It’s Get A Job time again in sociology, and that is stressful for job applicants, especially those just finishing their Ph.D.s and going out on the market for the first time. For the last few years, the job applicants have banded together on the internet, creating a discussion board, The Rumor Mill, where questions can be aired and various rumours about what jobs are still “really” open and such. This quickly led to the Jobs Wiki, where postings, short lists, and offers are compiled by the masses.
At first, I thought these tools were great ideas. How brilliant of those sociologists to turn the information hierarchy on its head, and let everyone know whatever information is available. I’m all for that. But last year, I began to get the slightest wrinkle in my brow about the whole project. The wiki is what bothered me first.
It’s a great idea if the wisdom of the sociology crowd produces accurate information, but some items looked funny to me. Not having any especial view into the hiring processes of any school other than my own, I began to wonder how accurate it was. I wouldn’t accuse anyone of posting false information there, but shaky info is just as unhelpful. In our own search, where I had (near) perfect information, I saw that the information posted to the wiki wasn’t particularly wrong, but just so delayed that it would be misleading or at least unhelpful. (Should I have posted the good info myself? Perhaps, but I was curious). And I also wonder how many of the applicants access the wiki and how many are totally unaware of it.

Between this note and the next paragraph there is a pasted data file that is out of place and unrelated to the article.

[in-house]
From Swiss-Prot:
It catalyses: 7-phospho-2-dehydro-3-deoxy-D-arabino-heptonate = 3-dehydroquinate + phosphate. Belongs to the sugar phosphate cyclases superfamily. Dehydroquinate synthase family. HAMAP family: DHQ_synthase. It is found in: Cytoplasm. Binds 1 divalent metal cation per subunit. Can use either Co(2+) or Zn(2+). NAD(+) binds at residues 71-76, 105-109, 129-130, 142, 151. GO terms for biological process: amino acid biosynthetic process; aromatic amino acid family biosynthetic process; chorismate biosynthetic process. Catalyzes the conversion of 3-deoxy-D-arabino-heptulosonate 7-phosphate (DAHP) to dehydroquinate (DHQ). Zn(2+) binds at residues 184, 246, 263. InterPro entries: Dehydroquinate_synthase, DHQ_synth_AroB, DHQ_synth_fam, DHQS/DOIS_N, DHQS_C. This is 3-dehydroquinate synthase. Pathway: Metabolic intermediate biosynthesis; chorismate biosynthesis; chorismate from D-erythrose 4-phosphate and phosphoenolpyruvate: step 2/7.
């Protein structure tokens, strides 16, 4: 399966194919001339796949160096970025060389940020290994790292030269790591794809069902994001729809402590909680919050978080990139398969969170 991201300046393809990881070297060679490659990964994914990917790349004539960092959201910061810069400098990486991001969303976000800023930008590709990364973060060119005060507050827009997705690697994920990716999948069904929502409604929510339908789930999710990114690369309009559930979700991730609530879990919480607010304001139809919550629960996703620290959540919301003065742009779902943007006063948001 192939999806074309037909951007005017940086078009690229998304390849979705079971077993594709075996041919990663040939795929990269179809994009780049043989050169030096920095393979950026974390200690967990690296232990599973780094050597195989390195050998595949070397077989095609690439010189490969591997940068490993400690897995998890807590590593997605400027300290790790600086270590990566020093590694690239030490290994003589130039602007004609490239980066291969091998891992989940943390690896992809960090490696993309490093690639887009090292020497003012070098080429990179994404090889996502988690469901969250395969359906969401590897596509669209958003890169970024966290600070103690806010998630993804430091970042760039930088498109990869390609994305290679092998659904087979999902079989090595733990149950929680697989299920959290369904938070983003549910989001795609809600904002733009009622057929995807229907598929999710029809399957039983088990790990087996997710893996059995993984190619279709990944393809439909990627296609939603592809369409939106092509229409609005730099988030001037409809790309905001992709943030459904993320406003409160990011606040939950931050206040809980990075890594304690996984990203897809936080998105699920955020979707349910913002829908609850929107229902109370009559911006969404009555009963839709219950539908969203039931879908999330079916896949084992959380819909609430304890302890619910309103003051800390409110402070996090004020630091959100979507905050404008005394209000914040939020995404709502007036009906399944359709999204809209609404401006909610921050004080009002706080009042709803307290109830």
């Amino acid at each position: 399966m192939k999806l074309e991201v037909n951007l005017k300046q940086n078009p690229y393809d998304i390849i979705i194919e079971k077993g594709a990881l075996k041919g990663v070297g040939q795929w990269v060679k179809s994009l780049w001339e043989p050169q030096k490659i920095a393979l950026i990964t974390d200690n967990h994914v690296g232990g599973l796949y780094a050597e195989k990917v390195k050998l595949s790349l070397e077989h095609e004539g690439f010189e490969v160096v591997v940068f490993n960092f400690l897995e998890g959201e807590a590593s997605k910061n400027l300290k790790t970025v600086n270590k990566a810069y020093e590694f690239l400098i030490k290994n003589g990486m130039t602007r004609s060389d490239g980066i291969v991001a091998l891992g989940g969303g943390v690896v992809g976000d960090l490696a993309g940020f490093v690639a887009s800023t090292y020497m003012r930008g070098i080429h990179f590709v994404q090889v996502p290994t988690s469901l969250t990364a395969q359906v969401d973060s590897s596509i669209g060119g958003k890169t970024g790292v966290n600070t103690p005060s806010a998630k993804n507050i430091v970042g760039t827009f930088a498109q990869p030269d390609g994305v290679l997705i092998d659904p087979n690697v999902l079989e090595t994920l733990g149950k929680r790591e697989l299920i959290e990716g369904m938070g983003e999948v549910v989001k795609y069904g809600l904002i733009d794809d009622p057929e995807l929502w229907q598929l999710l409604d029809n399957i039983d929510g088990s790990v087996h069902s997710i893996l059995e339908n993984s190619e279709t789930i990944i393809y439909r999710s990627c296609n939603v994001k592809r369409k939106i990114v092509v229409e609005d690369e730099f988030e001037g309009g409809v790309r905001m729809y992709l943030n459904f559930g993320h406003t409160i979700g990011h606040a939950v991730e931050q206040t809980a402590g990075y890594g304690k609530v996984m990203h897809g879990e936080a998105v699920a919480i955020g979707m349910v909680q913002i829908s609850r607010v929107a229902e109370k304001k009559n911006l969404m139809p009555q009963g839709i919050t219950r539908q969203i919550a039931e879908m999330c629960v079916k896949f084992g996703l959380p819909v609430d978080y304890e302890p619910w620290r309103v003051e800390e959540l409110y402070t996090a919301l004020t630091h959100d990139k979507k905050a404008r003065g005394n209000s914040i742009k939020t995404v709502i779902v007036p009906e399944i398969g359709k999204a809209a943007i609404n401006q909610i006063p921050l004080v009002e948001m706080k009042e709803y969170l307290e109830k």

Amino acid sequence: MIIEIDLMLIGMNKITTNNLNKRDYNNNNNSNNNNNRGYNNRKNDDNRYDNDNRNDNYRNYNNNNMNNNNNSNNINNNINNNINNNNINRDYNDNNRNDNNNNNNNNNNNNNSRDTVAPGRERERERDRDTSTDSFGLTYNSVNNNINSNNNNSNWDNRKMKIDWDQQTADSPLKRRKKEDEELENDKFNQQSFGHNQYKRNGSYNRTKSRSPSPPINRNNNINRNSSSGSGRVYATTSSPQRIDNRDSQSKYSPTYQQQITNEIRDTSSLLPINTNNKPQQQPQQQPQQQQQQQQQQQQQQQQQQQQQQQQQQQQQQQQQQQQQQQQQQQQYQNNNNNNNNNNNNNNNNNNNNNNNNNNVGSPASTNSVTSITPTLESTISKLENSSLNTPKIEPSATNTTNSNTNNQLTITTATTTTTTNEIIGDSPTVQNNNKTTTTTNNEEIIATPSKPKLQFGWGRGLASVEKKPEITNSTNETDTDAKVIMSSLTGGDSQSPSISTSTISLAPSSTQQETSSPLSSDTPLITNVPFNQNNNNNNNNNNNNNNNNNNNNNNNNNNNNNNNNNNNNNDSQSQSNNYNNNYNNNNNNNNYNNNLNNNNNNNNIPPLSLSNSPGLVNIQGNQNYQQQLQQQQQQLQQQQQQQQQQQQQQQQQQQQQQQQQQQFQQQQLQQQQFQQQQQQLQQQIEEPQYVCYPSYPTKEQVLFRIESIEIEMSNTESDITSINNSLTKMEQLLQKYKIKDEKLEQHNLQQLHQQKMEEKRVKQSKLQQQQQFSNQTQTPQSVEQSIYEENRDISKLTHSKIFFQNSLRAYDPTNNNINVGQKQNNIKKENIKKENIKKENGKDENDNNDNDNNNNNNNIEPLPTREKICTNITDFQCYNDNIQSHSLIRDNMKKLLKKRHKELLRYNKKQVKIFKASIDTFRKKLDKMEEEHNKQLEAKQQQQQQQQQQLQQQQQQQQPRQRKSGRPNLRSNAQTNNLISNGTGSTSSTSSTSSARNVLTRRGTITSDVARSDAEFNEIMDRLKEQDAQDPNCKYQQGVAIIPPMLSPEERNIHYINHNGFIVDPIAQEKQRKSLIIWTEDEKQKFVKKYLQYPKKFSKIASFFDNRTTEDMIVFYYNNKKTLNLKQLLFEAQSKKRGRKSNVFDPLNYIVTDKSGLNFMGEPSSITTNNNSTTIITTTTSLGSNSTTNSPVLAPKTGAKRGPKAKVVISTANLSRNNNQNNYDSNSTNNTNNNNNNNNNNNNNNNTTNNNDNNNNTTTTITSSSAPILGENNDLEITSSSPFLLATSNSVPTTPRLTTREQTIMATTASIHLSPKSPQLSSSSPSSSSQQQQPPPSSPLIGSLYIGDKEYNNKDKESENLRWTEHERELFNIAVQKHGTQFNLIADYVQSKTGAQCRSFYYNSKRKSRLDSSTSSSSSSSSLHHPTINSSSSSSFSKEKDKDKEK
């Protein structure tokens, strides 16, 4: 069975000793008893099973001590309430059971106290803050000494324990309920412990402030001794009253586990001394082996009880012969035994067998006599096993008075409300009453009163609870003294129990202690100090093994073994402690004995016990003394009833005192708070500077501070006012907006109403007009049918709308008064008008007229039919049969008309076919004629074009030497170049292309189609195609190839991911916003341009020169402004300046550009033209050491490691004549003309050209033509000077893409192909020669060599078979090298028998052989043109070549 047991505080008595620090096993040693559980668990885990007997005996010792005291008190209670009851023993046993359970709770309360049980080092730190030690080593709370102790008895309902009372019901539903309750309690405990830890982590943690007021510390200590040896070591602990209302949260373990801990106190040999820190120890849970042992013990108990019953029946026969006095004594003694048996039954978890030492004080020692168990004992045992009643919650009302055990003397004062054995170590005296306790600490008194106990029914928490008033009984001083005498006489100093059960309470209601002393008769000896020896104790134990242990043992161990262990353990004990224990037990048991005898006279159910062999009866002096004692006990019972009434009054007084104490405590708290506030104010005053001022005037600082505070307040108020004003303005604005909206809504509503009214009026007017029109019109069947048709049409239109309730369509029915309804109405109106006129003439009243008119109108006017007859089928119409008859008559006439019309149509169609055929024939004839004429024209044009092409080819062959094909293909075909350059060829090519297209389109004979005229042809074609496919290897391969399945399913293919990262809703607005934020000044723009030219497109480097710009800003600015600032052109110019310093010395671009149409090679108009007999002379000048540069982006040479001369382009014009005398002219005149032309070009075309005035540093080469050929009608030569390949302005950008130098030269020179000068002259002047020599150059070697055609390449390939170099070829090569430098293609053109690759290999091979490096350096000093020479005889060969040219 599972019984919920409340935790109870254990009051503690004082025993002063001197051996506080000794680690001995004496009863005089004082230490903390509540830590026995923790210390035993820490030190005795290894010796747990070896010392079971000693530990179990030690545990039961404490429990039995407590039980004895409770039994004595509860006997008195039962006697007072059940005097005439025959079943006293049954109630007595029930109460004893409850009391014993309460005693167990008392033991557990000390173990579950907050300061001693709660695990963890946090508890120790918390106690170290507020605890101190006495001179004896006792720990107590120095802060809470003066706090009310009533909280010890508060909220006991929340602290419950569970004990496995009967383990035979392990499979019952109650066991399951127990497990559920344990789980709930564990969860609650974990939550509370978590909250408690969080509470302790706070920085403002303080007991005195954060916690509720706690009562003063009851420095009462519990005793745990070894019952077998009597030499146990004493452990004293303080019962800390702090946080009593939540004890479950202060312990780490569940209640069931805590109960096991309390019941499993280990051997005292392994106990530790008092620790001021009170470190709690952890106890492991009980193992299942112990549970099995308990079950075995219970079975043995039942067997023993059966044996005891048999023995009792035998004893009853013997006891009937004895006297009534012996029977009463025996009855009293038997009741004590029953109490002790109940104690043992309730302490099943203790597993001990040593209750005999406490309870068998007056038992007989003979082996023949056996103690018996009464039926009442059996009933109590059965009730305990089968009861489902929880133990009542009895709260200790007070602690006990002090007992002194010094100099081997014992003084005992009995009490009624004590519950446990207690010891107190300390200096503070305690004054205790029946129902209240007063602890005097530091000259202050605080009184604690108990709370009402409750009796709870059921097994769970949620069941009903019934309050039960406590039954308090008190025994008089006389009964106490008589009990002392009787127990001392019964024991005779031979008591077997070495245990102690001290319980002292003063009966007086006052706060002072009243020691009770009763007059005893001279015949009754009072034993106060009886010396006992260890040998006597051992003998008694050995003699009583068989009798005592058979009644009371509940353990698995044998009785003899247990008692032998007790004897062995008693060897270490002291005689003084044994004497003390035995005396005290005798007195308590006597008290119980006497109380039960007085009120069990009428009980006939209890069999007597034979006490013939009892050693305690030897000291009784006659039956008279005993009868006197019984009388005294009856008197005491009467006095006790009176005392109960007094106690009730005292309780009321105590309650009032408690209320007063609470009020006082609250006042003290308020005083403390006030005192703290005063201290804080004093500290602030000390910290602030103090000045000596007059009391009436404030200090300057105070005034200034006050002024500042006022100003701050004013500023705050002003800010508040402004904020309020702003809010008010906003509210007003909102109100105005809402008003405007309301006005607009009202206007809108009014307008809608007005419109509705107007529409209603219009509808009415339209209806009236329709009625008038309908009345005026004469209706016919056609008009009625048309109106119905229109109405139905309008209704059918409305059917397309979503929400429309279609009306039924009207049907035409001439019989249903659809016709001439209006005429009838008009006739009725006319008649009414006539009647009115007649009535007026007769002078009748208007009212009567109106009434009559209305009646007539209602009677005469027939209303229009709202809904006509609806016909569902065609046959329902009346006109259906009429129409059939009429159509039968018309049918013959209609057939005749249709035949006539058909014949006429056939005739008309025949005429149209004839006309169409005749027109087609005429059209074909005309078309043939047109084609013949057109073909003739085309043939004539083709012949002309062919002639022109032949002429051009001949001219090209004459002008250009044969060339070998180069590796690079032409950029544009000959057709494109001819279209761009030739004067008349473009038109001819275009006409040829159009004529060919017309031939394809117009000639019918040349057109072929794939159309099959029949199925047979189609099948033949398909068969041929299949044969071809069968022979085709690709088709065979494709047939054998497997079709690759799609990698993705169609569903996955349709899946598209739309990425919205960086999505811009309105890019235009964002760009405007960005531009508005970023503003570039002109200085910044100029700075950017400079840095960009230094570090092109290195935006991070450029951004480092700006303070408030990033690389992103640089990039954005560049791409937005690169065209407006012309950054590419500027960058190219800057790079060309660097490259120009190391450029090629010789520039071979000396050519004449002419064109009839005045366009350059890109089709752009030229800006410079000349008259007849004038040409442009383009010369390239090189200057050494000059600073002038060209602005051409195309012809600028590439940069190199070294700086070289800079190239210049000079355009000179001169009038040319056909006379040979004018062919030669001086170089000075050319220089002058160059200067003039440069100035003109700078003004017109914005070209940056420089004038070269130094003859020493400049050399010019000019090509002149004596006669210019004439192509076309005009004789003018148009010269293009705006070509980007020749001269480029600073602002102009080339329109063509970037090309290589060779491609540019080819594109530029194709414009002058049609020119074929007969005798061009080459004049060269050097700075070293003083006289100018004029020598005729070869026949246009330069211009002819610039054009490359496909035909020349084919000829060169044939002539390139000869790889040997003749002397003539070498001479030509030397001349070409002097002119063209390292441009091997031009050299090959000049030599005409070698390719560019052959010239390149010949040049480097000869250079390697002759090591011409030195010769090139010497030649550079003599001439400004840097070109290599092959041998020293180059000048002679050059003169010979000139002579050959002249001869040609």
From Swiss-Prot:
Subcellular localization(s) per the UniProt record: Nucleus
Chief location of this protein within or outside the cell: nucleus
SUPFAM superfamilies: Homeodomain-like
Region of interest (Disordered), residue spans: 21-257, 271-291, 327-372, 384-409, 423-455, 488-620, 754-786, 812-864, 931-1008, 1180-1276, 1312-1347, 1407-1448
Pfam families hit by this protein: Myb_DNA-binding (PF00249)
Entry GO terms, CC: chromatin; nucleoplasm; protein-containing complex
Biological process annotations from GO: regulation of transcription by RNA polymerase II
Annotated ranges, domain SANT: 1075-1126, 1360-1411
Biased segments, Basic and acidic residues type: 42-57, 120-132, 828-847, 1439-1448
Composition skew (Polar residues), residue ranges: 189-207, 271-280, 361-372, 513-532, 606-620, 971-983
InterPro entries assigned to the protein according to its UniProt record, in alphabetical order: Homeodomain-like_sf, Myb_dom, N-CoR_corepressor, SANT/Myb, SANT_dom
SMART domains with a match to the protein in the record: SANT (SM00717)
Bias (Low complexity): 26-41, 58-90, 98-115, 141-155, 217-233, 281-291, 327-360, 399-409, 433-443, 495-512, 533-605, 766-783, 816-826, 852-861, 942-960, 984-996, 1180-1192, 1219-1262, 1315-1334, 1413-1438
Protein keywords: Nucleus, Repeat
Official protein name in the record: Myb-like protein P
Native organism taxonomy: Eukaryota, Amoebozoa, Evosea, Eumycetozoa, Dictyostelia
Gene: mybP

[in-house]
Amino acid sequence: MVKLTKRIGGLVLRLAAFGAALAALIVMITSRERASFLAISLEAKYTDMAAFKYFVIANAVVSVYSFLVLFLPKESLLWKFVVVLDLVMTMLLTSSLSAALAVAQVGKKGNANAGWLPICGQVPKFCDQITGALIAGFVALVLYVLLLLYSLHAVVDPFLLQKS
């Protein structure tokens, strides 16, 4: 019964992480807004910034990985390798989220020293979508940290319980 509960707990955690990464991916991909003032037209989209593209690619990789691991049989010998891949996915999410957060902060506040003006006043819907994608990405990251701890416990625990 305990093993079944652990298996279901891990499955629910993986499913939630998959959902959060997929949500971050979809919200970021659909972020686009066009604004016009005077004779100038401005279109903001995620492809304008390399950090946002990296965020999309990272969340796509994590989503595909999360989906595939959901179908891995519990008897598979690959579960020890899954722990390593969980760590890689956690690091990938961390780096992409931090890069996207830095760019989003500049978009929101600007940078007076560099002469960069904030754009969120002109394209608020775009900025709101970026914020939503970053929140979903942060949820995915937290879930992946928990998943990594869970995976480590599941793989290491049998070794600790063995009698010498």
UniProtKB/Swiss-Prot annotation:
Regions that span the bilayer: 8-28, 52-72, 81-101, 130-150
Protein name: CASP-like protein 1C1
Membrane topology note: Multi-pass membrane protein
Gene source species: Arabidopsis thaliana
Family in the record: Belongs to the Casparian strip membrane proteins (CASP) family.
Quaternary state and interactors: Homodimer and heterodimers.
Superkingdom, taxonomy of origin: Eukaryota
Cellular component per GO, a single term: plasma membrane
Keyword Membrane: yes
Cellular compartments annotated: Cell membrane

The second little worry I had, which is even greater this year than last, is the concern that smalinky shared in his comment. The whole rumour mill/wiki endeavor is likely a geiser of stress, needless worry, and time suck. I imagine that if I were on the market, I would be compulsive about reading and checking for updates. I am fascinated with it even as a bystander. Does the panic of some of the contributors spread to the rest, creating a viral job stress? It’s hard to say, but the tone of the contributors ranges from calm to paranoid, and the flame wars were more than this reader could endure.
Thinking about it this year, just at the beginning of the interminably long job search period, I am torn. I still think that the individual question/answers and pieces of information are very useful, but taken together the whole package may be a jamboree of panic, insecurity, and stress. I wonder whether I should advise my students to steer clear of it when they are on the market. On the other hand, maybe the market is just super stressful, and the rumour mill and wiki are not so much producing the stress as reflecting it.